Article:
This heart-regeneration method could improve heart functions

Recently, researchers have discovered a new way to regenerate heart muscles.

They found this method could help improve damaged heart functions.

The study was done by a team from Duke-NUS Medical School and their collaborators.

Currently, about 700,000 people can survive heart attacks every year in the U.S. However, their heart tissue is usually damaged after a heart attack and cannot be repaired.

In the study, the team aimed to develop a new method that can help regenerate heart muscles.

They focused on a heart muscle associated protein called laminin.

Previous research has shown that the inability of regeneration in the heart is related to our thyroid hormones.

The thyroid gland can produce hormones that regulate body temperature, metabolic rate, and normal heart function.

But the hormones may also shut off heart cell division and prevent a heart from repairing itself after an injury.

It has been hard to find methods to prompt different kinds of stem cells to differentiate into heart cell precursors and help rebuild heart muscles.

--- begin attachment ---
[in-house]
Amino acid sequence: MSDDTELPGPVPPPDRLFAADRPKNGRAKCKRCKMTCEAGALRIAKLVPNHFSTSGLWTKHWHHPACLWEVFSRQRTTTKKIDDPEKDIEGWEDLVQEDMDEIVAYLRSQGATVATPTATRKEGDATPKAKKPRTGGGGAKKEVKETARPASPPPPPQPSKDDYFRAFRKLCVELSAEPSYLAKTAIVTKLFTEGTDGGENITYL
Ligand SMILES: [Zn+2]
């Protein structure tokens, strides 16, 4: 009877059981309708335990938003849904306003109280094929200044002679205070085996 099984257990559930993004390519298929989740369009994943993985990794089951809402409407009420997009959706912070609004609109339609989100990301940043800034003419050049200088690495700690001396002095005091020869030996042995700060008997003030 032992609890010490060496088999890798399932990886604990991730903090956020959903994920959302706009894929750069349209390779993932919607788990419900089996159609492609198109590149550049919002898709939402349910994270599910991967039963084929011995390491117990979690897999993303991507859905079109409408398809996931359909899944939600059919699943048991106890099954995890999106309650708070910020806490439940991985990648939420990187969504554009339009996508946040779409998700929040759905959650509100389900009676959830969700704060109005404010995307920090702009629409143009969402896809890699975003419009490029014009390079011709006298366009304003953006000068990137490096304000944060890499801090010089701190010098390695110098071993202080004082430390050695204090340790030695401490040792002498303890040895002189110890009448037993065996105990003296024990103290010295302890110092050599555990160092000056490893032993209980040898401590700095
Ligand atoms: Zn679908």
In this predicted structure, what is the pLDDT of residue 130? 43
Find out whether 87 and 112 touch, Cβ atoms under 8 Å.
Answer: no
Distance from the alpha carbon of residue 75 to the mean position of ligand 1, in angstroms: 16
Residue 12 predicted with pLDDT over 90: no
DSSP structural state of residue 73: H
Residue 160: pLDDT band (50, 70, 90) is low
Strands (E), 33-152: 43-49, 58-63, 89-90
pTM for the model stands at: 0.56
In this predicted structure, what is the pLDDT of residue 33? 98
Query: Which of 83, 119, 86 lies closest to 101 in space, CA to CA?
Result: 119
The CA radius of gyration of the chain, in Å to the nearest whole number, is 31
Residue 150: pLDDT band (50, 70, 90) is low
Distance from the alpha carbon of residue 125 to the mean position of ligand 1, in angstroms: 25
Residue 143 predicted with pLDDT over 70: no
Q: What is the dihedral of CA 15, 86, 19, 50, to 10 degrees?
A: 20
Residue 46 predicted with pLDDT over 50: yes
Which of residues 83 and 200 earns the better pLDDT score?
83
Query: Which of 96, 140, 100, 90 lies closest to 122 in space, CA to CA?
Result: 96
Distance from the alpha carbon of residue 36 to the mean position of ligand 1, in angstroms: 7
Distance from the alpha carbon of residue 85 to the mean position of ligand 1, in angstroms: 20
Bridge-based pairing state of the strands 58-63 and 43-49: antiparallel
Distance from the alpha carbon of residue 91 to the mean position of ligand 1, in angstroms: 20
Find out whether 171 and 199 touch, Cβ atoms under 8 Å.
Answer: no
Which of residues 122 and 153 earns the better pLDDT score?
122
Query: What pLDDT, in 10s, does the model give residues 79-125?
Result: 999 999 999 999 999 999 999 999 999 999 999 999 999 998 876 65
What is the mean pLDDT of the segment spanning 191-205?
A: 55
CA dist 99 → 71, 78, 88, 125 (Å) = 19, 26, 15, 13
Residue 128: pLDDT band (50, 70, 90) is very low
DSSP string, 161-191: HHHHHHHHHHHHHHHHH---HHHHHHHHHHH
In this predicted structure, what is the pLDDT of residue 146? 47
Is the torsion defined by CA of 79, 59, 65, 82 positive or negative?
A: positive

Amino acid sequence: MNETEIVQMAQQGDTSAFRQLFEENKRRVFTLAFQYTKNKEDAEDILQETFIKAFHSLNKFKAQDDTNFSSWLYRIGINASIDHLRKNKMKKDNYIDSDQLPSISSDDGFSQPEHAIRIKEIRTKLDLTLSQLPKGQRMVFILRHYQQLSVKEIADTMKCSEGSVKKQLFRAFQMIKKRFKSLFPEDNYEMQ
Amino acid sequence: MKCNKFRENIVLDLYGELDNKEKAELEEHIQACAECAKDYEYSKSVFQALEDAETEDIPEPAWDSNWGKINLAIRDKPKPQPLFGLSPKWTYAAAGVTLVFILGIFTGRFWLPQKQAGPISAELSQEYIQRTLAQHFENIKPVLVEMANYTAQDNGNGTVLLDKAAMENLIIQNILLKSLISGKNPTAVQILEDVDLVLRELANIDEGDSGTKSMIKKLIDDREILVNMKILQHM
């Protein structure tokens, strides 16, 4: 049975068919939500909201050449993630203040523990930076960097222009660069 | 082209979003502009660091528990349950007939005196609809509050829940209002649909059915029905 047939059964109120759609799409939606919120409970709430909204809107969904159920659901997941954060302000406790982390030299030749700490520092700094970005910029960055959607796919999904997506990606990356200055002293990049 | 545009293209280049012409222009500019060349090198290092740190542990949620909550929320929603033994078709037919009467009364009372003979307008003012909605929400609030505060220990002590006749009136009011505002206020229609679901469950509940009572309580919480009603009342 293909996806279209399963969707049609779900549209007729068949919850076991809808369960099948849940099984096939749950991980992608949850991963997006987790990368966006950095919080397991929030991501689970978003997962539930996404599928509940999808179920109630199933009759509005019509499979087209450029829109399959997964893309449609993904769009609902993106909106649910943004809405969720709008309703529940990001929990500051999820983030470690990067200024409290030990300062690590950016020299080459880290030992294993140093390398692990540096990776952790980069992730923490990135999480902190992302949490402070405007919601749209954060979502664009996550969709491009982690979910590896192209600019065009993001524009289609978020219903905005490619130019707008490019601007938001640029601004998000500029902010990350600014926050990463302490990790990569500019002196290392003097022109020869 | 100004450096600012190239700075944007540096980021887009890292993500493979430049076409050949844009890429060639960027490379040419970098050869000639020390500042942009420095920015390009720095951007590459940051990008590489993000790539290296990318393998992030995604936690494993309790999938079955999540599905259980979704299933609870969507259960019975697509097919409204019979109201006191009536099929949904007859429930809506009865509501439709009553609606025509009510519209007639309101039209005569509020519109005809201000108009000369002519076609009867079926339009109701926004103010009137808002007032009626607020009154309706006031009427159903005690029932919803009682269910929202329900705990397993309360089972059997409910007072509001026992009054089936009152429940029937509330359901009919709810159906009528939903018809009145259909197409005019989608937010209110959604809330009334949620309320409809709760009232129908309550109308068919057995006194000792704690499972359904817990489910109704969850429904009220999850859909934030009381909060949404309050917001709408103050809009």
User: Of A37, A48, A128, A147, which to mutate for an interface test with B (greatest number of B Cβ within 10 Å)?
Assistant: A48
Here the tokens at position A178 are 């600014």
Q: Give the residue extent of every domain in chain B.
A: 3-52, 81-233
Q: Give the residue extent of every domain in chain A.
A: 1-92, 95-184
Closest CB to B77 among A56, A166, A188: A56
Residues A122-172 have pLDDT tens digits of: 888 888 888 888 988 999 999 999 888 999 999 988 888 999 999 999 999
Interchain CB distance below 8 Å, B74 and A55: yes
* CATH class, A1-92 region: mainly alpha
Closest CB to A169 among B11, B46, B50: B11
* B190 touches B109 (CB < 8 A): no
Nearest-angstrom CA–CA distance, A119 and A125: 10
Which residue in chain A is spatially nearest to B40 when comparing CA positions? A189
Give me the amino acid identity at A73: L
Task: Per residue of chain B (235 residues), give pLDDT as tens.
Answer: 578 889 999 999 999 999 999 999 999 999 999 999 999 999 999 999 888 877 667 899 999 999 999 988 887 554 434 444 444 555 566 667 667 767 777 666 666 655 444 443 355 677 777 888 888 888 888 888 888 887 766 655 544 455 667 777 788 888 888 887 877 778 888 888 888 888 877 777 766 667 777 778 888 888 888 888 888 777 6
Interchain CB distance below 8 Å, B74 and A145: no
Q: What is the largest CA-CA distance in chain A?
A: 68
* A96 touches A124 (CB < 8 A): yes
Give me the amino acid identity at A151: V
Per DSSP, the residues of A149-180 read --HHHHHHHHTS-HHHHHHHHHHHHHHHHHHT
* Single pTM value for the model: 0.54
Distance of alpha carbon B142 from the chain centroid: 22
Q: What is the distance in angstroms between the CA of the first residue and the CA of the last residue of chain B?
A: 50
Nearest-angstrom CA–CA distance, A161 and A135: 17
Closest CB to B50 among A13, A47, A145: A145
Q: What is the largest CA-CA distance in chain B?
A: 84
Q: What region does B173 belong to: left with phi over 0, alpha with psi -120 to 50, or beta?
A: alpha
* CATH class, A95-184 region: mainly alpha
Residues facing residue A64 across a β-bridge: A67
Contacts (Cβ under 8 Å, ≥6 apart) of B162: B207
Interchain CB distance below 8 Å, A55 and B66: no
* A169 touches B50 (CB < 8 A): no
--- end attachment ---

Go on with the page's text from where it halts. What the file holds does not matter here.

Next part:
In the current study, the team used the protein laminin to promote the differentiation of human embryonic stem cells into heart cell precursors.

The result shows that this method makes stem cells differentiate into cardiovascular precursor cells.

The researchers also tested the method in two different experiments.

They confirmed the finding and found that the method could repair injured heart tissues and improve heart functions in animals.

Their next goal is to test the method on human patients. They hope to help develop a new method for heart regeneration in humans.

The lead author of the study is Dr. Lynn Yap from Duke-NUS’ Cardiovascular and Metabolic Disorders (CVMD) Programme.

The study is published in the journal Cell Reports.

Copyright © 2019 Knowridge Science Report. All rights reserved.